x l i i I N T R O D U C T I O N T O V O L U M E 9
Hort refers to the work of the Friedlaender brothers in the 1890s, which attempted
to find experimental evidence in favor of Mach’s claim that the relativity of inertia
could explain the thought experiment known as Newton’s
Some enthu-
siasts of relativity, many of them nonscientists, drew considerable comfort from the
sudden and surprisingly swift triumph of general relativity over Newtonian abso-
lutism. In this case, however, Einstein had to inform Hort that there was no prospect
of an experimental detection of the frame-dragging effect because the effect was
too small to observe (Doc
Einstein’s abhorrence of war and his pacifist inclinations were readily apparent
during World War I, despite his reluctance to engage in public
With military defeat and the collapse of the imperial regime in late 1918, and
Einstein’s growing conviction that under democratic rule Germans might be pre-
pared to listen, his willingness to engage openly on matters of importance to him
and others was reinforced by his rising standing both in Germany and abroad. This
volume documents the emergence and the public articulation of Einstein’s position
on various issues. While he clearly aligned himself with certain groups and op-
posed others, Einstein was not a member of any political party, although he at times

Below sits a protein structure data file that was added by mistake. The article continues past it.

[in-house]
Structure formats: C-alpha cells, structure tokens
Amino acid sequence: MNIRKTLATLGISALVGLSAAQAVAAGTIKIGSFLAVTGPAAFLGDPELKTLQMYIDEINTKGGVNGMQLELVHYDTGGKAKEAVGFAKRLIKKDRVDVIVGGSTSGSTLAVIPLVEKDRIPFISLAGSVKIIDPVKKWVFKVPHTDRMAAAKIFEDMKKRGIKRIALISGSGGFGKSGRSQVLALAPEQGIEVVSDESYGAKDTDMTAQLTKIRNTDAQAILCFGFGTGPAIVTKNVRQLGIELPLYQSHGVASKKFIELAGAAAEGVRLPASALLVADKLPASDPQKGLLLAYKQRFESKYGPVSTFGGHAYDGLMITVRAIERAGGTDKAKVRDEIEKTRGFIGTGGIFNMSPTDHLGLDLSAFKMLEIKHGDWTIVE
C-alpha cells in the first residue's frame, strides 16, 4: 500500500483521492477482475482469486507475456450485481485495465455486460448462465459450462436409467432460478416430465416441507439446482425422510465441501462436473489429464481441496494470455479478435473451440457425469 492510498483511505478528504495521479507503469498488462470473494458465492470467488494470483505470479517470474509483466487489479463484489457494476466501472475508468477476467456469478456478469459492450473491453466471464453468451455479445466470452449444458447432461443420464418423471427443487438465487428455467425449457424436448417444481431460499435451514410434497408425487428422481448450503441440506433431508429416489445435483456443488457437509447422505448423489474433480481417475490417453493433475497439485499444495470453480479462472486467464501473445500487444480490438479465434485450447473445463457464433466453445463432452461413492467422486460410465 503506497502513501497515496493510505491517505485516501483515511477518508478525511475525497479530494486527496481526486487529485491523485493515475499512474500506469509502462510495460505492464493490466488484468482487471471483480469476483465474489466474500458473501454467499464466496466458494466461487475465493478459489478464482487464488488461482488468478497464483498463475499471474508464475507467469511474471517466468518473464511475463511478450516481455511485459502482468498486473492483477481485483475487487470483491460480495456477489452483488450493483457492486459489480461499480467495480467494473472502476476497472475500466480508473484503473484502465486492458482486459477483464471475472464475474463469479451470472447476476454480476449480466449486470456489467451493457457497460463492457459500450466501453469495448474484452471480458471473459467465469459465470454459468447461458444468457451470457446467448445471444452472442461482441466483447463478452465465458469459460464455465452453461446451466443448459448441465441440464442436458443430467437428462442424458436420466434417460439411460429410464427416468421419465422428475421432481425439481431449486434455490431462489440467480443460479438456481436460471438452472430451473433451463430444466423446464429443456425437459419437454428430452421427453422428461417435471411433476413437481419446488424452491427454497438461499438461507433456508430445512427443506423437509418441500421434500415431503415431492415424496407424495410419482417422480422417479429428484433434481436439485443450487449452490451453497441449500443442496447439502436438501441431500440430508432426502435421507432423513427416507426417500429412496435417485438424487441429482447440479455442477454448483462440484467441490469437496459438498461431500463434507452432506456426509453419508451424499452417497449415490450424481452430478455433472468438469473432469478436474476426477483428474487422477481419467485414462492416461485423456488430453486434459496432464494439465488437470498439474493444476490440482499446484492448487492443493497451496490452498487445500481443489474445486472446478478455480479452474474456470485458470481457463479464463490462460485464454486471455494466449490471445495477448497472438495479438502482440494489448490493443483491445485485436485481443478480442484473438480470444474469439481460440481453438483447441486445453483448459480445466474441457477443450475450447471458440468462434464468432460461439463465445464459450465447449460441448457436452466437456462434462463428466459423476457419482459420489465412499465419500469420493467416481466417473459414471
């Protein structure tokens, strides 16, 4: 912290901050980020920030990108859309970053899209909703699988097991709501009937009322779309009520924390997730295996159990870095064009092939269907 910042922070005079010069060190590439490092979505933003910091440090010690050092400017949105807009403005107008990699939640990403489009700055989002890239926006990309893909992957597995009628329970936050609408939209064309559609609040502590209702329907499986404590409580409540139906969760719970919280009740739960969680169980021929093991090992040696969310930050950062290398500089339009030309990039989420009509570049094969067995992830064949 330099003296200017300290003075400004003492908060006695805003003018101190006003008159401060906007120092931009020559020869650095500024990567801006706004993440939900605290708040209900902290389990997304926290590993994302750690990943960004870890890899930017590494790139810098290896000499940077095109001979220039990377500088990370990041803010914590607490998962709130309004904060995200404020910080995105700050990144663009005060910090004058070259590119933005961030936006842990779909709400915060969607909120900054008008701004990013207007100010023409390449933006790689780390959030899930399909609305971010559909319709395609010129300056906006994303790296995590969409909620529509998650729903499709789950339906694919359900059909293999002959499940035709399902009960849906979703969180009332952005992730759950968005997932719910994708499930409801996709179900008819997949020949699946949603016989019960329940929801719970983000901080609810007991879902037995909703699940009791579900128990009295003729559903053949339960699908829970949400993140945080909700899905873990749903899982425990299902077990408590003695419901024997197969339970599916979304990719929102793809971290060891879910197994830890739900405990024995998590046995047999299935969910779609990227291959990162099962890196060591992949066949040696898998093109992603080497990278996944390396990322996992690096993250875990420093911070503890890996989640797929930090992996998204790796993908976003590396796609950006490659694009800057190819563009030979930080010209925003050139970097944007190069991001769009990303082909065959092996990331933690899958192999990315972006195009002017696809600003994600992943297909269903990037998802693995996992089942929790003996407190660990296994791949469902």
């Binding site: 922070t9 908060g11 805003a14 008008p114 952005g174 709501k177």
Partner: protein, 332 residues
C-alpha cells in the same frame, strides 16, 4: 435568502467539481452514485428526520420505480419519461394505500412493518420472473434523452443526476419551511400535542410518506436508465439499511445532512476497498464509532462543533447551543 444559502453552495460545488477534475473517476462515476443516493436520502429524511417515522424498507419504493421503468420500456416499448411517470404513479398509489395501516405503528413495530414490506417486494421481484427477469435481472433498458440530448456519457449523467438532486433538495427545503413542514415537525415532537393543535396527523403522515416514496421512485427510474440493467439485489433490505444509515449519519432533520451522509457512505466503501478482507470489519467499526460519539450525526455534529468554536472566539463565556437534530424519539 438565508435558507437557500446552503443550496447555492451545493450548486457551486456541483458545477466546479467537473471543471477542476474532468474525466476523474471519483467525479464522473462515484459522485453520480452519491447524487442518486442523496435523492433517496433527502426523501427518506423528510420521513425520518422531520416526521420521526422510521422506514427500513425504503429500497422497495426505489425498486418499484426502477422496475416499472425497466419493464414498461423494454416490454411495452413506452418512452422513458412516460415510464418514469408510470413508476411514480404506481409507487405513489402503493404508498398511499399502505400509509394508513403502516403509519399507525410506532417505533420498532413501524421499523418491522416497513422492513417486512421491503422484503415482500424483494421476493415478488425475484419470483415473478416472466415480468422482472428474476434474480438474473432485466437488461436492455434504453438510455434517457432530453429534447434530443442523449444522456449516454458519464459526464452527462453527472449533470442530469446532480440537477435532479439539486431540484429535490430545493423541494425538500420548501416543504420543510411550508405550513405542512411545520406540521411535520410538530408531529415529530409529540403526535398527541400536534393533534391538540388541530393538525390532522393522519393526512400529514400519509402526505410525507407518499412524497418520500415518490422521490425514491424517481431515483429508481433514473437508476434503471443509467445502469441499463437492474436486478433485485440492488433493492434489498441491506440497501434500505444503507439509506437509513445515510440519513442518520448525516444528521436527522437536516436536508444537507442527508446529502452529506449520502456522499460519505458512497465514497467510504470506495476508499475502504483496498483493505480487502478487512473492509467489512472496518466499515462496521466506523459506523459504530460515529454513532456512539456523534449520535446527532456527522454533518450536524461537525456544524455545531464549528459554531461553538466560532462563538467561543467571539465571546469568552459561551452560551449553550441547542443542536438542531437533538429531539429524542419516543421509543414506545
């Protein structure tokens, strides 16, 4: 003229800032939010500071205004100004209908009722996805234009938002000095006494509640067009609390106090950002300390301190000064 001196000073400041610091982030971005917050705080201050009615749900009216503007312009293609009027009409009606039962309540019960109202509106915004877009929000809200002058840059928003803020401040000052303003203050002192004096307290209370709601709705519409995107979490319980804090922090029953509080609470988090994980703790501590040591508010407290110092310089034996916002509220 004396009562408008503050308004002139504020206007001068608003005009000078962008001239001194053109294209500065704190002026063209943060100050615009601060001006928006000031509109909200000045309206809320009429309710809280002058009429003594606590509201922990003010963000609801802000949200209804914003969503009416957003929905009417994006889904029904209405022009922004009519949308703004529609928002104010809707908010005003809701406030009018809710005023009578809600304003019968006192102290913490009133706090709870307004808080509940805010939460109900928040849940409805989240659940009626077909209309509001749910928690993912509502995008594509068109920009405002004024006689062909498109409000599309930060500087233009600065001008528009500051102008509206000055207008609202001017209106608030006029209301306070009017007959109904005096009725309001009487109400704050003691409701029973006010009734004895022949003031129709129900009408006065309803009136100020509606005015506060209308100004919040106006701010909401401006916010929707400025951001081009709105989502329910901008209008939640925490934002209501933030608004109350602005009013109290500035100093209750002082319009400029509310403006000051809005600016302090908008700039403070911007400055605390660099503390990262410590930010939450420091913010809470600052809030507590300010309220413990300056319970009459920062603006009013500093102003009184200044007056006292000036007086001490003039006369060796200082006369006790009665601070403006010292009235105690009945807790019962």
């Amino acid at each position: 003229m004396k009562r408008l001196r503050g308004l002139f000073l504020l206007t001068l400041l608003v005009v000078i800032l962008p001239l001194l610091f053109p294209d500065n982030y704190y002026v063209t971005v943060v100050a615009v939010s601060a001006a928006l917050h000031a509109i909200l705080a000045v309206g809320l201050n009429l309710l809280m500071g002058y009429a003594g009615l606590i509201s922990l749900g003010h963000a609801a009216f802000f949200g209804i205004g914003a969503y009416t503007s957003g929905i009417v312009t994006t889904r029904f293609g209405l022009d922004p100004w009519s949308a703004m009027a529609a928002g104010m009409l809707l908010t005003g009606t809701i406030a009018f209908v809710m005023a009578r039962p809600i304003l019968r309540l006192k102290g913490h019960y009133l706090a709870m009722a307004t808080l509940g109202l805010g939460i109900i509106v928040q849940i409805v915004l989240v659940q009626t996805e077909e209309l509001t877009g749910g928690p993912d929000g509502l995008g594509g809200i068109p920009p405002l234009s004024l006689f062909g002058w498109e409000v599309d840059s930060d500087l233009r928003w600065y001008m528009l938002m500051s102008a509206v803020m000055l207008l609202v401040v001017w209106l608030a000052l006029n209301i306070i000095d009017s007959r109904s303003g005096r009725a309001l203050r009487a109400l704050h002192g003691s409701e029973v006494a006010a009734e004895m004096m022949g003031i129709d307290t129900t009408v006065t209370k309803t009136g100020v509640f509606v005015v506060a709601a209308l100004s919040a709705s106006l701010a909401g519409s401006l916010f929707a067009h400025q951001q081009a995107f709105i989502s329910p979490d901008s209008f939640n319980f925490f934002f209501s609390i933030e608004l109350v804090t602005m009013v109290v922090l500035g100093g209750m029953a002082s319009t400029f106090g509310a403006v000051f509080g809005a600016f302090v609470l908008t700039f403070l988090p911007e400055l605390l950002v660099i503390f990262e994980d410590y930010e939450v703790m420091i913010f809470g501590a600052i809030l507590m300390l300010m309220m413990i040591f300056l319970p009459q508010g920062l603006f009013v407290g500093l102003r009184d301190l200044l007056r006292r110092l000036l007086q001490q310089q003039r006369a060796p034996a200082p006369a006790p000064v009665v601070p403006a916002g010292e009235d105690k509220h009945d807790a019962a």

had to defend himself against the perception that he was (Docs. 212 and 379). His
moral political sensibility, mostly independent of any strident partisanship, was
formed in the crucible of World War I and in turbulent postwar Europe, when Ein-
stein, like others, reflected both on the causes of the war and its conduct, as well as
its dramatic repercussions. It was also at this time that he began clarifying to him-
self, and to others, his position on Jewish matters.
Einstein’s engagement with significant political and humanitarian causes came
in a time of grave need, of hunger, strikes, revolution, and counter-revolution in
Germany, of the collapse of empires and the formation of new national entities
across Europe. Due to his rising visibility, Einstein both initiated and was drawn
into numerous actions and appeals generated across Europe, often among intellec-
tuals with humanistic and liberal outlooks. The letters reflect his views and activi-
ties on pacifism and his desire for international conciliation, including mitigation
of what he perceived as a rising vengeful spirit among the former warring nations.
His concern for the survival and well-being of the new German Republic, his sym-
pathy for some socialist goals, his support for some of the objectives of Zionists,
are also palpable. Finally, he actively concerned himself with the education of Jew-
ish students from Eastern Europe, the founding of the Academy for the Science of
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